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typed in rec.crafts.metalworking the following:

    Mine. The one with four cylinders and eight plugs. I didn't _have_ to remove the intake manifold, to change plugs, but I was doing it anyway to pull the head. Figured "might as well change everything while I can do it "easily"."

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typed in rec.crafts.metalworking the following:

    Not again, anytime soon anyways.

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Faxes do NOT work on VOIP. If you think that it is liberal propaganda just because I said it, search for "VOIP fax". I have a e-fax account with MyFax.com, which works pretty well for me, since I am mobile.
i

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On Tue, 29 Nov 2011 20:19:58 -0600, Ignoramus19453

Do digital faxes (are they?) work better than the butt fugly old fax technology? I always avoided faxes due to the gawdawful lack of clarity. Those just sucked.
I'm photographing documents and sending them as JPGs since I moved to Win7 and my old scanners wouldn't work. Luckily, that happens ony about a dozen times a year.
-- In an industrial society which confuses work and productivity, the necessity of producing has always been an enemy of the desire to create. -- Raoul Vaneigem
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I do not have a fax machine (actually I do, but it is not hooked up).
I receive and send faxes through myfax (by email).
The fxes that I have to get from paper, I scan with an old scanner. I wrote a shell script to do it the way I like.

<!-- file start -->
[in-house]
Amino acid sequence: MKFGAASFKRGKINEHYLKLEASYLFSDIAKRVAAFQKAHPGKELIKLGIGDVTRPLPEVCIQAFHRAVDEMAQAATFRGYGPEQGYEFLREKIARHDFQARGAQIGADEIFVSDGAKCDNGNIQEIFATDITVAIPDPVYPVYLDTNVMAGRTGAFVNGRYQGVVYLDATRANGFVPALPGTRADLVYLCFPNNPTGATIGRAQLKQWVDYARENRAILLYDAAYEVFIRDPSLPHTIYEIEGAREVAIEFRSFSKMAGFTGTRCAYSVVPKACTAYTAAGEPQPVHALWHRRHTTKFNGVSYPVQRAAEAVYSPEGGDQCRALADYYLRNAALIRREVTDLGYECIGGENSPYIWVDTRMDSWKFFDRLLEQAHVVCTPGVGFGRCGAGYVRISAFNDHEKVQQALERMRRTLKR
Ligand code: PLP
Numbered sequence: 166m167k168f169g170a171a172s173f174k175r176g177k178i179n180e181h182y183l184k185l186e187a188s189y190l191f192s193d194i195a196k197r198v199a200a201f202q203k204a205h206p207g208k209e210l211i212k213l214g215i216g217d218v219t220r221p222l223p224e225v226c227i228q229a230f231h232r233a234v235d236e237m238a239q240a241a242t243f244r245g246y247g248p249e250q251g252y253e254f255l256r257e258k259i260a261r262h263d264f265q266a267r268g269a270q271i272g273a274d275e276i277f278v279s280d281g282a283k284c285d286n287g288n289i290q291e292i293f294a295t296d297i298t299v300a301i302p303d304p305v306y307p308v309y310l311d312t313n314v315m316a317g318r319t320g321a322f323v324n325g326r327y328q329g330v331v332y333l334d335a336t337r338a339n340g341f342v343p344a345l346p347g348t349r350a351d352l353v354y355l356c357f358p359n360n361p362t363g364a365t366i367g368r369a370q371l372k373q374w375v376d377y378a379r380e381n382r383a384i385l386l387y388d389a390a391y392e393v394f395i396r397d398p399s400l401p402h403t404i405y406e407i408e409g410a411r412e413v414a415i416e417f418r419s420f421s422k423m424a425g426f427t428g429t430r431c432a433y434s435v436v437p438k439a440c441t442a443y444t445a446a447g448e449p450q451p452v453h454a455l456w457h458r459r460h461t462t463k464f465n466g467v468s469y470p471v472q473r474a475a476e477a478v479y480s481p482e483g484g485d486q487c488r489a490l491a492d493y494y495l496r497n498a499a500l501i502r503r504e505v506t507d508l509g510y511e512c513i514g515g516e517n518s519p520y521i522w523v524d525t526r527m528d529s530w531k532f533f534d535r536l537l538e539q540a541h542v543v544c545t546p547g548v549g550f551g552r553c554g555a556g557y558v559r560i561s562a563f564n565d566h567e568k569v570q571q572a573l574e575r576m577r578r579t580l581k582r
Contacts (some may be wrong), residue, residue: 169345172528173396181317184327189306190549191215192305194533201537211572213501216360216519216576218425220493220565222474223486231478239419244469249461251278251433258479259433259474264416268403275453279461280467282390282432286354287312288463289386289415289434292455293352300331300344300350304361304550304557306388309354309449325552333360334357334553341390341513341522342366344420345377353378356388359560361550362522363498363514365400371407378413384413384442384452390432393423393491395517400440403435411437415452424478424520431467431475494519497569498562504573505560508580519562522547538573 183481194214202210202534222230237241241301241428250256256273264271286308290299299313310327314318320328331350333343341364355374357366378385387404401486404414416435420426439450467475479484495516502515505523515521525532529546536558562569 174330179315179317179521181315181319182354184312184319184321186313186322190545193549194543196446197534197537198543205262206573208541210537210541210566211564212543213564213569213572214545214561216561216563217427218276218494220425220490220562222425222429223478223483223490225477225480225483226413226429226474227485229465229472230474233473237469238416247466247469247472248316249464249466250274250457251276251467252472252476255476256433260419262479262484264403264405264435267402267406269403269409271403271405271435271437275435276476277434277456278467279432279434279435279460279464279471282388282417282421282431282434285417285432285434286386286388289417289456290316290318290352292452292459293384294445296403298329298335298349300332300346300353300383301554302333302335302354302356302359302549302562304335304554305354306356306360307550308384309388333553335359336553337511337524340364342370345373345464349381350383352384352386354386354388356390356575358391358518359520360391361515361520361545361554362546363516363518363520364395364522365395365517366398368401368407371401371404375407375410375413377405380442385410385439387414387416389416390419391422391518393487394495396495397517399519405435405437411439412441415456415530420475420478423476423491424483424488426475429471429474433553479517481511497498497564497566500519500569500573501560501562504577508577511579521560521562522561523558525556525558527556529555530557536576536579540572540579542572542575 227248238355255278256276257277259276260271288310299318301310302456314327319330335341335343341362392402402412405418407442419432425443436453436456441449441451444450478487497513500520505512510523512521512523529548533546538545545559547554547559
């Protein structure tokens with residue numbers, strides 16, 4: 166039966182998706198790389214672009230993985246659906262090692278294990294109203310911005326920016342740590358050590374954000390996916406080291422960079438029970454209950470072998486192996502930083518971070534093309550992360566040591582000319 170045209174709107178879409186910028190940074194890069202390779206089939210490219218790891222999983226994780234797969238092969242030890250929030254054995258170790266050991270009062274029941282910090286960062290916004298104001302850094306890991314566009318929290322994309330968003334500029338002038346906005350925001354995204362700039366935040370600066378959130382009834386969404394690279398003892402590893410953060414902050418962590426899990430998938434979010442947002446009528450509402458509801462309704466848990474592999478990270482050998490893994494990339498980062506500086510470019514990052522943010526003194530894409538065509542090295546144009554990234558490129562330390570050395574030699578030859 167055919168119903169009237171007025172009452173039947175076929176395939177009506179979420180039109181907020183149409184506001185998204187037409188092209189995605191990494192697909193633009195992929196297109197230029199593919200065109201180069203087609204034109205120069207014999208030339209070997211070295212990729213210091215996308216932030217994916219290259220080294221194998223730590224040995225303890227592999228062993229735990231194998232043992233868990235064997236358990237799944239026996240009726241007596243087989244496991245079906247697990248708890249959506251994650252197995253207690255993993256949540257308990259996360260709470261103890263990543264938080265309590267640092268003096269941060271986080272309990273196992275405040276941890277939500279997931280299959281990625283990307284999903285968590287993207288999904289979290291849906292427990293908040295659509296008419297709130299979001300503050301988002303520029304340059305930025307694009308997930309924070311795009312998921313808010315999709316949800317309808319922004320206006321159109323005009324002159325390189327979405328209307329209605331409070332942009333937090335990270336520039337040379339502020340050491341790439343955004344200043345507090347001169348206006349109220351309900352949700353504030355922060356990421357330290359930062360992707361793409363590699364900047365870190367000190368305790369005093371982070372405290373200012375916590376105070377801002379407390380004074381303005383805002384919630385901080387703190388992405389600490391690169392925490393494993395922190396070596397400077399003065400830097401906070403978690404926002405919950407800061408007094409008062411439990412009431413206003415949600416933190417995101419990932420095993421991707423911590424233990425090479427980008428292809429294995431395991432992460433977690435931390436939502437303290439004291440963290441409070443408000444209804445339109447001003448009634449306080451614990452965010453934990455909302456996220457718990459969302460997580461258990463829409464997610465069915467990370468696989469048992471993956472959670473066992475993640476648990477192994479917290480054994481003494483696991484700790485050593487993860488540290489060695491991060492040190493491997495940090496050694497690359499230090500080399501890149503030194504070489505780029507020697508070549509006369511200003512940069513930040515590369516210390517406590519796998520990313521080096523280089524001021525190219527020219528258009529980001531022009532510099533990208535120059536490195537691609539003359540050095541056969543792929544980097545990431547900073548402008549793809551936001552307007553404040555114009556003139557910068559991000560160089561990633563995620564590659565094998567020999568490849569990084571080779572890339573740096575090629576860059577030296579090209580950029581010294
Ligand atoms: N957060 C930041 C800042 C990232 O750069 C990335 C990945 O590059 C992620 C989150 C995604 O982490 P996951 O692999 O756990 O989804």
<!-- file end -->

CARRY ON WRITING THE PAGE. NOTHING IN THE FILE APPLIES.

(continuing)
I convert JPEgs to faxes using "convert" Linux utility.
i
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On Tue, 29 Nov 2011 23:05:42 -0600, Ignoramus19453

How's the output quality, compared to the raw JPG?
-- In an industrial society which confuses work and productivity, the necessity of producing has always been an enemy of the desire to create. -- Raoul Vaneigem
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About same, not surprisingly.
i
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On Wed, 30 Nov 2011 08:20:26 -0600, Ignoramus27667

Why do you say "not surprisingly"? Fax machines have historically been truly lousy at rendering anything. If they did so, when did they get good? I'll admit that I haven't followed fax technology for years, since I last needed one.
-- In an industrial society which confuses work and productivity, the necessity of producing has always been an enemy of the desire to create. -- Raoul Vaneigem
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On 11/29/2011 9:19 PM, Ignoramus19453 wrote:

Yea, yea...Liberal propaganda, THAT must be it! ! <LOL>
Why do these cable people tell me that I'm the only one they have problems with? (It must be because I have conservative leanings) Is there any changes I could make on machine settings that might help?
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I would say, try voting for Obama and see if this helps.
i